Monday, December 13, 2010

students know good teaching when they see it.

That might come as a surprise to some who have been out of touch. But students do know what happens in a classroom. They know whether or not the teacher cares about the subject matter and whether he cares that they care, too. A study financed by the Bill and Melinda Gates foundation is described in the New York Times, What Works in the Classroom? Ask the Students By Sam Dillon. It concludes that those teachers who teach to the test perform below average on getting students engaged in learning, and those students perform poorly in comparison to those who learn to care about what they learn. Is there anything new in this except that those who are out of touch need research to tell them that kids know effective teaching when they see it? This morning my 4th 5th and 6th grade student worked on Christmas presents to give to family.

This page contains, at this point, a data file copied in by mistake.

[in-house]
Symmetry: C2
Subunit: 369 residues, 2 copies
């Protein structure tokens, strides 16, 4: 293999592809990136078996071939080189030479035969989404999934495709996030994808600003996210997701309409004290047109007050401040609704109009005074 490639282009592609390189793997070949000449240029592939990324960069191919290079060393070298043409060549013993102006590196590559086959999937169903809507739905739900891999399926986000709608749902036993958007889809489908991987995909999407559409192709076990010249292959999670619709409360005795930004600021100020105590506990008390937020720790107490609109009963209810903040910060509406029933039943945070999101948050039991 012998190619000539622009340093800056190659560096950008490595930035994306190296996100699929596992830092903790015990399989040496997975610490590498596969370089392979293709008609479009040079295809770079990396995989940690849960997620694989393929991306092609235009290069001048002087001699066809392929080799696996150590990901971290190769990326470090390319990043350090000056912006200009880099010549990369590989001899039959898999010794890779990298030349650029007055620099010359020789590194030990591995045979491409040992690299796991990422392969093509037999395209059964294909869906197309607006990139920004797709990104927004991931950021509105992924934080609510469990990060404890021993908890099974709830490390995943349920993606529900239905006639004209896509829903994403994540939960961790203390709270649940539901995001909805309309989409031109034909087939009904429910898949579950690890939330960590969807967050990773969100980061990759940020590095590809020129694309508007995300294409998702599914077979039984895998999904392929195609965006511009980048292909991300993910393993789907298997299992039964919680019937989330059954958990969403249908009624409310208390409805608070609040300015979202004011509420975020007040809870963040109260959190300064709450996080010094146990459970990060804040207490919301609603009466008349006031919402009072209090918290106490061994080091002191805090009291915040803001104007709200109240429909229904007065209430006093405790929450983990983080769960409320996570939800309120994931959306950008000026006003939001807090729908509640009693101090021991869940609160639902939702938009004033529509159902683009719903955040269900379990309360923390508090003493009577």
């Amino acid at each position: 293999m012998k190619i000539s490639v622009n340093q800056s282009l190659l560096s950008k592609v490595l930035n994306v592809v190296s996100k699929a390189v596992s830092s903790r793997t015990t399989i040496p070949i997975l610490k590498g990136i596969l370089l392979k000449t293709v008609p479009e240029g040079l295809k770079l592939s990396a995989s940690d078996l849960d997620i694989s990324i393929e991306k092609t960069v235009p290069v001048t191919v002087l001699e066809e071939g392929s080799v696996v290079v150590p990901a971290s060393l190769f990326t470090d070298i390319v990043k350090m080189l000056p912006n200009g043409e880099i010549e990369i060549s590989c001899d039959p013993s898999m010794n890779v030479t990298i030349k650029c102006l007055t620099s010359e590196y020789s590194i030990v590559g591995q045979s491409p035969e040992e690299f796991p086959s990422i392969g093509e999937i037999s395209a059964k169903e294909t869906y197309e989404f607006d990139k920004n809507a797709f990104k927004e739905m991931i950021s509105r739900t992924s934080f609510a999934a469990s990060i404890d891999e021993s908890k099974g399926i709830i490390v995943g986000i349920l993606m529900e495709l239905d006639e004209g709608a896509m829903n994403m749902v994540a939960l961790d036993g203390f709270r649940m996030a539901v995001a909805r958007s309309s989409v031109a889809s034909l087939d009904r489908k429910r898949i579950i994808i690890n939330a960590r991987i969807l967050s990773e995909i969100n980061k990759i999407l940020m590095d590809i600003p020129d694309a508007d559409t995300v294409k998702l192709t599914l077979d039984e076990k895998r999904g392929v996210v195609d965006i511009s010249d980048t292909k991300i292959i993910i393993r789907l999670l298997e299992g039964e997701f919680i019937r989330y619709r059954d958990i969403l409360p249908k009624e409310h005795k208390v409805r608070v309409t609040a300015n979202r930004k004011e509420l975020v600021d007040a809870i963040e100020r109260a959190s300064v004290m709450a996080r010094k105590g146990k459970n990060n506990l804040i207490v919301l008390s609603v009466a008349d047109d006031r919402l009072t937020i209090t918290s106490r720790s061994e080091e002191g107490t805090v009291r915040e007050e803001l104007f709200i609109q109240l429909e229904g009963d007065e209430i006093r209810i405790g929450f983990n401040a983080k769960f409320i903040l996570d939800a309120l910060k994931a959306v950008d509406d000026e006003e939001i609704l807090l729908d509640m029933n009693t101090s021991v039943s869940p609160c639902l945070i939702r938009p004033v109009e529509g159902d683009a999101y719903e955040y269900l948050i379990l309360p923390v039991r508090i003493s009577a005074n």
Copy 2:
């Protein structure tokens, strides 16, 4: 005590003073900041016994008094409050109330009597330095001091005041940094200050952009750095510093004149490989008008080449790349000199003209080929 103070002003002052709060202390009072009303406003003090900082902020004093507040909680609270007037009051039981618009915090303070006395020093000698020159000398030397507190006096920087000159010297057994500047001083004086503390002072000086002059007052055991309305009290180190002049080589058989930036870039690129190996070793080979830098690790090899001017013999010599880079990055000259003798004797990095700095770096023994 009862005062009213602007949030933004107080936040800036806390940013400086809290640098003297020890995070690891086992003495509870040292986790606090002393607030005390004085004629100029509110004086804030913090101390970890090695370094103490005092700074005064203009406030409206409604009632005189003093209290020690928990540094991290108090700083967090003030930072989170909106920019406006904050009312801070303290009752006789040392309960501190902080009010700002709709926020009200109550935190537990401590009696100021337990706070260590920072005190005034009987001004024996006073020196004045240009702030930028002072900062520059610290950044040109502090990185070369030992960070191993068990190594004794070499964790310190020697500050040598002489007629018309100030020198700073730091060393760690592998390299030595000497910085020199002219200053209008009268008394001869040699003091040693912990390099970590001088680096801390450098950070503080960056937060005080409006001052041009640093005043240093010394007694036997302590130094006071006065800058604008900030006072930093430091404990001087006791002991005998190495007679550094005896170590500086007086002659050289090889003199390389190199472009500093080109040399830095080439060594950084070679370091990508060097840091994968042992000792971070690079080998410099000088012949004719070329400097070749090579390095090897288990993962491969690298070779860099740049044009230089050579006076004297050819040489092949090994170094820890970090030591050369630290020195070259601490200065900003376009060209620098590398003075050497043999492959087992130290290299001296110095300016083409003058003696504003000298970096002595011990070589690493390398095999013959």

In the photos above and at left, you can see students at work on the lathe in this afternoon's classes. Colter is making a walnut goblet and displaying amazing concentration. The other students decided to turn balls... not an easy task for beginning woodworkers, but one that refines the sense of form, and also requires concentration and careful tool use.  Some turned out more egg than ball, but then remember that these are beginners. The strategy fits one of the primary tenets of educational sloyd. Start with the interests of the child.

Make, fix, create... One of the things that kids tell me when I see them on the street is "Next woodshop, can we make...?" They have all kinds of ideas., and I wonder how many kids in the US are busy thinking of things they can make. Too few, perhaps.

1 comment:

Anonymous said...

What a concept! Maybe people will now admit that students aren't stupid just because they're not educated.

Mario